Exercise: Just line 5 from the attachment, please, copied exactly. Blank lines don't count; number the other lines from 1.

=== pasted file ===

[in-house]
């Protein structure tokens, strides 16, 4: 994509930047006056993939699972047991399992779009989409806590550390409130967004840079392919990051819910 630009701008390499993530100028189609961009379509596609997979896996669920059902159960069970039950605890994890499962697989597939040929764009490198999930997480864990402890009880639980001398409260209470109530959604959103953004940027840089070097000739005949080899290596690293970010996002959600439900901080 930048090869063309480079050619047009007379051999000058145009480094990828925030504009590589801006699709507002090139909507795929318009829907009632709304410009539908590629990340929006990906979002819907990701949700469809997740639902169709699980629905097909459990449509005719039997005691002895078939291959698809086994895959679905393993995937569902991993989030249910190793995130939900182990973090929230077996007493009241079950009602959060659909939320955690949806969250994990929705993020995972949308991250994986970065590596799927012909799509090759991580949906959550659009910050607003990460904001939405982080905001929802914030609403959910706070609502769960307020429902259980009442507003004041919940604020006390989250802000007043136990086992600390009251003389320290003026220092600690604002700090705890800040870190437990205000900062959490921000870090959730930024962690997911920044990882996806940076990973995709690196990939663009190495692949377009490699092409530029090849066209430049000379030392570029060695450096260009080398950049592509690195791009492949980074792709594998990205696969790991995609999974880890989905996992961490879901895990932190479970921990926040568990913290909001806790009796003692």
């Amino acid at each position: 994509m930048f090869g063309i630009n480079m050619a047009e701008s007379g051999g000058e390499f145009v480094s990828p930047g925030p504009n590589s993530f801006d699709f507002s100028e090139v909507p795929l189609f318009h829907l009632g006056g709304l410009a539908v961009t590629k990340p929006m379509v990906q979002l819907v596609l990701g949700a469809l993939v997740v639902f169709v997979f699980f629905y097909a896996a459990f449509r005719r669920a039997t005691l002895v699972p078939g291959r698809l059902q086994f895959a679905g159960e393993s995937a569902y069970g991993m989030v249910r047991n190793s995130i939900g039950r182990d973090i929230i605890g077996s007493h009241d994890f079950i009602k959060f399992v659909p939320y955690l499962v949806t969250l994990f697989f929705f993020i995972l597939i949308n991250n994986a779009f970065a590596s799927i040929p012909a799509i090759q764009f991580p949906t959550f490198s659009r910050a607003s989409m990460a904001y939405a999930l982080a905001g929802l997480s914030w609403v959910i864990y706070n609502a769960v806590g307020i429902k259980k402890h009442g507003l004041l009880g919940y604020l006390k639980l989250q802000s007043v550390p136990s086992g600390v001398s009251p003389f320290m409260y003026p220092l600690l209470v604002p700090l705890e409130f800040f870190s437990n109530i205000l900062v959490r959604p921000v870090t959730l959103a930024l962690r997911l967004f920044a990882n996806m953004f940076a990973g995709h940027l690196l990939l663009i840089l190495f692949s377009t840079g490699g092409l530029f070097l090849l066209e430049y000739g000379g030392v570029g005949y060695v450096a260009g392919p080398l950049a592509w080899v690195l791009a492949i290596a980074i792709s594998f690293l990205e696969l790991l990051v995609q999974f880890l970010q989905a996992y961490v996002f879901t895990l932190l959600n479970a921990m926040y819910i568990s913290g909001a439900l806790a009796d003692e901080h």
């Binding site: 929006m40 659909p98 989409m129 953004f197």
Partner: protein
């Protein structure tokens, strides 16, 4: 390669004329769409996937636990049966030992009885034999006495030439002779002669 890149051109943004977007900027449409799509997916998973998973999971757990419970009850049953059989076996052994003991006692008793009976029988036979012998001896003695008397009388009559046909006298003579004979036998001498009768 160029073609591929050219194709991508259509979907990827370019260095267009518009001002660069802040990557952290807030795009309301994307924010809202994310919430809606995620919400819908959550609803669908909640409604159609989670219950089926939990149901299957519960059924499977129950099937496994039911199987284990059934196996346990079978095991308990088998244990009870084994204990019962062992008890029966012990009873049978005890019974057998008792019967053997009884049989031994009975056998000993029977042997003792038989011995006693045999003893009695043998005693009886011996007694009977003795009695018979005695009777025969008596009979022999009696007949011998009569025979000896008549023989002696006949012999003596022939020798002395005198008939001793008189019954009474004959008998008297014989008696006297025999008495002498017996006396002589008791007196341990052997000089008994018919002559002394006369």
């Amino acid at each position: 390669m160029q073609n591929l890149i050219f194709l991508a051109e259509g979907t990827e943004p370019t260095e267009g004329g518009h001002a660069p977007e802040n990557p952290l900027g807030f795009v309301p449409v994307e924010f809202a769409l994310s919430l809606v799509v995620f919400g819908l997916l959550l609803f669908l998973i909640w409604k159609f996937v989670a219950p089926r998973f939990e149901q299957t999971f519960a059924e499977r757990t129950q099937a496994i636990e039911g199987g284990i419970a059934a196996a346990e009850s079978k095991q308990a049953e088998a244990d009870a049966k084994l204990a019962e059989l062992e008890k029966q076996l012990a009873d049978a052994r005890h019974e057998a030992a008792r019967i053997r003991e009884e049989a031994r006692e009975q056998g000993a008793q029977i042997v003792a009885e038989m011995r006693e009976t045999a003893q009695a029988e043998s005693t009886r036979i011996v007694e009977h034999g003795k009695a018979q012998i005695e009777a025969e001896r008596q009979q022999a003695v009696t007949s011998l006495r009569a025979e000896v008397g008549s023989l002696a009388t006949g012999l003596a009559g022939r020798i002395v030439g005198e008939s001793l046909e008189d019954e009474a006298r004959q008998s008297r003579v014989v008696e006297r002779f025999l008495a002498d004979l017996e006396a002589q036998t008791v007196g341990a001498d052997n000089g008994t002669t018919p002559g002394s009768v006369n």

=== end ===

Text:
Partner: protein